Dynamic Languages in Architecture

In the comments from yesterday’s post, IronPython MVP and author extraordinaire Michael Foord asked:

Has your view on architecture as a discipline separate from coding changed since working with dynamic languages?

In a word:“No” (though as always, I reserve the right to be wrong and/or convinced otherwise.)

When I was an architect, I tried very hard to treat it as a “discipline separate from coding”. To use my last post as an example, building a central repository of system audit information is an architectural decision. A bad one IMHO – at least the way Dilbert’s PHB described it – but an architectural decision all the same. It was a decision about what kind of system to build, part of an overall application portfolio, as opposed to a decision about how to build the system.

I’ve held this opinion of architecture for a long time. Four years (and three jobs) ago, I wrote the following:

IMO, building a system that has a set of functional requirements (track customers, process orders, etc) and non-functional constraints (sub-second response time, support 10,000 concurrent users, use Microsoft Windows platform, etc) is an engineering problem. Coming up with the lists of functional requirements and non-functional constraints is the architecture problem.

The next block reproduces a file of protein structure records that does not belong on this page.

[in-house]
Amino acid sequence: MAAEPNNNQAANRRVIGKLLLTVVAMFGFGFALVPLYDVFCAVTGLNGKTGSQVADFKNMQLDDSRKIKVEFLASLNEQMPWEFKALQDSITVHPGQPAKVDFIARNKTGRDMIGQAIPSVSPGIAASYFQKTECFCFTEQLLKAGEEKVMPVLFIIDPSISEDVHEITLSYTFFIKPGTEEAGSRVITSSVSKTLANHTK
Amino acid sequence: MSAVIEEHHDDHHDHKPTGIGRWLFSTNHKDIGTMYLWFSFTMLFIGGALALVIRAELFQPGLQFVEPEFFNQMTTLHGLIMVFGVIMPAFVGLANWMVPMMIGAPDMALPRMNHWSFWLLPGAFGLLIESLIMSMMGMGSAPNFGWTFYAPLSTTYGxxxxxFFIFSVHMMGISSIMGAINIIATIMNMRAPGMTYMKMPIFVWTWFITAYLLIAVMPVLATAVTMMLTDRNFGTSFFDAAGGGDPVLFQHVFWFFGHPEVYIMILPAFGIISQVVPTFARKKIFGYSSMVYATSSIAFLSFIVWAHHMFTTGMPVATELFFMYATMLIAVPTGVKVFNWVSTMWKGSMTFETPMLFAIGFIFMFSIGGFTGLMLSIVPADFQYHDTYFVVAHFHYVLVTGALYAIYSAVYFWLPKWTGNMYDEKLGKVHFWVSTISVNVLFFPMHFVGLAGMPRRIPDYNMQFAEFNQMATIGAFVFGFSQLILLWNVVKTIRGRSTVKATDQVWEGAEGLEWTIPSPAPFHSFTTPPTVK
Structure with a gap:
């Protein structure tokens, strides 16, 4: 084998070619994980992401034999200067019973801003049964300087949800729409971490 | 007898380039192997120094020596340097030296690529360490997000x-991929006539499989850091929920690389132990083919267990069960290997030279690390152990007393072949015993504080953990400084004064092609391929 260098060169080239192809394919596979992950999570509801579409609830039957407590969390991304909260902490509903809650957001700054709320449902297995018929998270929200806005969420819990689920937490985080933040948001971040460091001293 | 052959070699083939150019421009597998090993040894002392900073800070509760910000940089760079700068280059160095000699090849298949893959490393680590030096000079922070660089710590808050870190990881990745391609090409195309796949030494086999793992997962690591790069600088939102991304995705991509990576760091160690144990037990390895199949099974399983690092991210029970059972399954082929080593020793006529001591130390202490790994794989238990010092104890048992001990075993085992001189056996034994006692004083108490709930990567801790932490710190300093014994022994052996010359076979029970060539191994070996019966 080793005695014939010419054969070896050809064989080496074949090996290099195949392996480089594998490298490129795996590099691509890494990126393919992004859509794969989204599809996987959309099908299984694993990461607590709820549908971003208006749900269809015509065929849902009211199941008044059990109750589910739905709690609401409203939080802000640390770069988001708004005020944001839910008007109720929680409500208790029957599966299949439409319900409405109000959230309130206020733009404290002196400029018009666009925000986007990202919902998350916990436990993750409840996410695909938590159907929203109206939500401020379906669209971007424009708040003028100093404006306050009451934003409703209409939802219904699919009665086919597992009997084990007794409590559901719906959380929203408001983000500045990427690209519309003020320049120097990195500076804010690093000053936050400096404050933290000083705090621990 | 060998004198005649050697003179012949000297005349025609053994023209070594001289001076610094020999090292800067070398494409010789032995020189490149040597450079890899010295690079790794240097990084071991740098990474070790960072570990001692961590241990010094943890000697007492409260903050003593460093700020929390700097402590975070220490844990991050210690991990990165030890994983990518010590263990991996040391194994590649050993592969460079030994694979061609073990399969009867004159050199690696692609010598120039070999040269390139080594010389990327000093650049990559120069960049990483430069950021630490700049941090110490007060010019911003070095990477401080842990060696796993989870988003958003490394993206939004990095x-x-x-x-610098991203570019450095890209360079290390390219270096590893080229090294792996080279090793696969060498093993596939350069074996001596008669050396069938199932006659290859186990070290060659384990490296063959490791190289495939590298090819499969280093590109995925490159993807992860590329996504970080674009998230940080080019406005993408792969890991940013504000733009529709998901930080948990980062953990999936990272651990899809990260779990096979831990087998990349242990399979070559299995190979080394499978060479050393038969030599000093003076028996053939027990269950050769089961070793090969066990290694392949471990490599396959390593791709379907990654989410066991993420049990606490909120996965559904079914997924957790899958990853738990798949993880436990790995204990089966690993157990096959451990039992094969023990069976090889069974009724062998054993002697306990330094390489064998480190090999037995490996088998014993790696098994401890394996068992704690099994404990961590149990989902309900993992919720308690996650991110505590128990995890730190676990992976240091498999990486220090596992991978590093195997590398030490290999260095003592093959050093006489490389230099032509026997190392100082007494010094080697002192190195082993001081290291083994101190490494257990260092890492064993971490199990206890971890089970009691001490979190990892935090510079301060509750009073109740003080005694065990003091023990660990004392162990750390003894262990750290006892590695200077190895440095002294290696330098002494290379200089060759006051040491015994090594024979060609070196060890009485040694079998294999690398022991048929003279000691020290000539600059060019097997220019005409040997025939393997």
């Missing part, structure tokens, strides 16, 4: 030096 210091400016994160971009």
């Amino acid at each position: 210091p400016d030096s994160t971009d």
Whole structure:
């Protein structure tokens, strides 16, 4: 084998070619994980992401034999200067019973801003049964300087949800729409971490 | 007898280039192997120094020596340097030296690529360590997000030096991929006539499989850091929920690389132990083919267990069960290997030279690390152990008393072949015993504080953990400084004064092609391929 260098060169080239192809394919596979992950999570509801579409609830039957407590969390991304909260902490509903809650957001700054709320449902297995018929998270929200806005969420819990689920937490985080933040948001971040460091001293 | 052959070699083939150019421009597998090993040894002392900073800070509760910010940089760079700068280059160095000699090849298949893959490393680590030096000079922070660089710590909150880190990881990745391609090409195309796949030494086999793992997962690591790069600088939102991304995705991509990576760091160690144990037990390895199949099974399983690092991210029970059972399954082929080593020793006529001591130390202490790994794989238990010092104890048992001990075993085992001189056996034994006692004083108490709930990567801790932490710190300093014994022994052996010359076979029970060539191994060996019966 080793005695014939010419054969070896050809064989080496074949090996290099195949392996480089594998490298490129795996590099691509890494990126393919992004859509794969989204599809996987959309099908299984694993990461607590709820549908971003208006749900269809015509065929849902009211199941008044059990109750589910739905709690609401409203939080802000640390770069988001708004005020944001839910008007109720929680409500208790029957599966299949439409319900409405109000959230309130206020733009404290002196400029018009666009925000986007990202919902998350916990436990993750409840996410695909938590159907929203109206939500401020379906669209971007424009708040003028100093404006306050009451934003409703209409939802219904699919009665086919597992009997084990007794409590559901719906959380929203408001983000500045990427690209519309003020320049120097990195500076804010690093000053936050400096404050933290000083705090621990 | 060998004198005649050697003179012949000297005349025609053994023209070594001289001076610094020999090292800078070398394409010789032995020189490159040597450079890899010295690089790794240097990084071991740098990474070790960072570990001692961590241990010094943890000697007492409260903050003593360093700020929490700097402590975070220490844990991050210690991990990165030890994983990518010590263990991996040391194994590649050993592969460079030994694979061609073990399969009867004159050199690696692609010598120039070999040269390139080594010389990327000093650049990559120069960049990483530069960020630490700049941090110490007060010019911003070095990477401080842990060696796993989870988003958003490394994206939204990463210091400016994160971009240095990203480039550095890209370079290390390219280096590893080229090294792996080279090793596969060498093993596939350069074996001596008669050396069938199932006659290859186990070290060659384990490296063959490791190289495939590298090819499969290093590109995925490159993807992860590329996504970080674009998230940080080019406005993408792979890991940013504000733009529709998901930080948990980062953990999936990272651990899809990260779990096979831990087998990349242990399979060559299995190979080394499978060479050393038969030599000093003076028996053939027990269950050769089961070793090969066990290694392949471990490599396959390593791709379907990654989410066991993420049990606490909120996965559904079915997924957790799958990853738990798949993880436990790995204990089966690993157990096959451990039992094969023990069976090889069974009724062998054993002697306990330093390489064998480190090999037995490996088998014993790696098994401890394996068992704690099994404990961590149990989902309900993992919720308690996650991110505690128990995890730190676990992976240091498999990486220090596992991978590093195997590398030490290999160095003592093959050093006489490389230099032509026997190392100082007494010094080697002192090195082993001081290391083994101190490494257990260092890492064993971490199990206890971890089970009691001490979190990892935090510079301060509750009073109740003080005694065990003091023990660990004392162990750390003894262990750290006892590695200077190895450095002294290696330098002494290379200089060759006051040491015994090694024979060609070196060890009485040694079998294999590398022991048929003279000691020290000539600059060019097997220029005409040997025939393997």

Working with dynamic languages has dramatically changed my view of engineering and design of individual systems. But from the pure architecture perspective, I want to be able to treat individual systems as black boxes as much as possible. That means the programming language is an implementation detail that shouldn’t matter to the architect.

Note the significant bet-hedging language in the paragraph above. I’m using phrases like “shouldn’t matter” and “as much as possible” because we all know that there’s no such thing as a “pure architecture perspective”. Unlike building architecture, software architecture is in constant flux at every level. At the enterprise level, there are always new regulatory obligations, new competitors and new partners to consider. At the end-to-end process level, there are always new systems or new version of existing systems coming on line. And at the individual system level, there are always new – or at least new versions – of tools, frameworks and languages being released.

Once you introduce time into your architecture perspective, individual system engineering will affect the overall architecture, since system engineering affects the rate of change. Language choice will certainly have some engineering impact. However, in my experience language choice is rarely high on the list of concerns relative to things like project scope and team experience.